Why do I blog? I blog because I am a writer.

Peace (in reflection),

Teaching the New Writing (book project)

It’s been a long, long road but the book collection on writing with technology, and assessment, is about to be put out by Teachers College Press. I am a co-editor with two esteemed colleagues — both well-respected college professors (one now retired) in the field of literacy — and also I am a writer of one of the chapters (on digital picture books).

The book collection, due out in May but now advertised in TCP materials, is called Teaching the New Writing: Technology, Change and Assessment in the 21st Century Classroom.

It was about 2 1/2 years ago that they approached me about the idea of the book collection and that began an interesting adventure of seeking contributors, weeding through submissions, editing and proofreading, and writing, of course. Our hope is that the book provides some focus for how to not only institute technology into a writing curriculum, but also, how one can balance the creativity of student work with state assessments (not easily, we conclude).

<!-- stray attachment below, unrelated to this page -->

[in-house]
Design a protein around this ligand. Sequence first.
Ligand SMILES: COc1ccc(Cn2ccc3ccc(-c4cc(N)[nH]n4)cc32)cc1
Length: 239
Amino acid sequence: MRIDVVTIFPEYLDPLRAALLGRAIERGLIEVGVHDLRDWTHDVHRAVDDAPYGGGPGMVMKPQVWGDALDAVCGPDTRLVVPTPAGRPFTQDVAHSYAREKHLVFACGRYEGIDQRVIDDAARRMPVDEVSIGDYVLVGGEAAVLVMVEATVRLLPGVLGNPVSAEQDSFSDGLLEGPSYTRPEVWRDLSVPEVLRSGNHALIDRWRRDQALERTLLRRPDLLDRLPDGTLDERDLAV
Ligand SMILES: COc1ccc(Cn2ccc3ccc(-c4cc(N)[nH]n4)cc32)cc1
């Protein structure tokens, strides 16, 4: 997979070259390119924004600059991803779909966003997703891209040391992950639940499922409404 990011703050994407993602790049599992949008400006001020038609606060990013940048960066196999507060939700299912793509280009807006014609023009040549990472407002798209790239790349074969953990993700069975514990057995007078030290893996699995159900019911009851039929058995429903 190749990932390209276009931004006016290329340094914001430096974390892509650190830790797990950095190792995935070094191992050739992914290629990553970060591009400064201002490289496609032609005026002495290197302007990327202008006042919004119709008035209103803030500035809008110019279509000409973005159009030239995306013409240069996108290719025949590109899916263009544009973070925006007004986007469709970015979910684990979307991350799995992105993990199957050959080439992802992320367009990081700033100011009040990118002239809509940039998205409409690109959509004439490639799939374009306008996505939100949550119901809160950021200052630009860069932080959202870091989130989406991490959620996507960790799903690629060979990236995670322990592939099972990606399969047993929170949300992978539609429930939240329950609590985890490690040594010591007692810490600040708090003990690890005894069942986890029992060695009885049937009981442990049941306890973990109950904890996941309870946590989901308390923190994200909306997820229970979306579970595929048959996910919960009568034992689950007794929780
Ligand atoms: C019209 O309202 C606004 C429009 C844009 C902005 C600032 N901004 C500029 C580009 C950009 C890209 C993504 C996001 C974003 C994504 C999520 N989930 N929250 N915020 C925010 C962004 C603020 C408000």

Cynthia Selfe provided us with this nice quote:

“One of the beauties of this collection is that it explores multimodal composition and assessment across levels of schooling, demonstrating that elementary, secondary, and collegiate teachers work best when they share understandings. Perhaps most importantly, this book reasserts a value on innovation and creativity within composition classrooms.”
Cynthia L. Selfe, Humanities Distinguished Professor, Ohio State University

I’ll write more when the publishing date is upon us.

Peace (in publication),

To Obama: A Poetric Thought

Wishing on a star: Senator Barack Obama speaks at a town hall meeting in Wilkes-Barre, Pennsylvania.

(photo by Getty images)

Here is a poem for President Elect Obama.

To Obama
(listen to poem as a podcast)

I don’t know who they think they are
carrying on about Change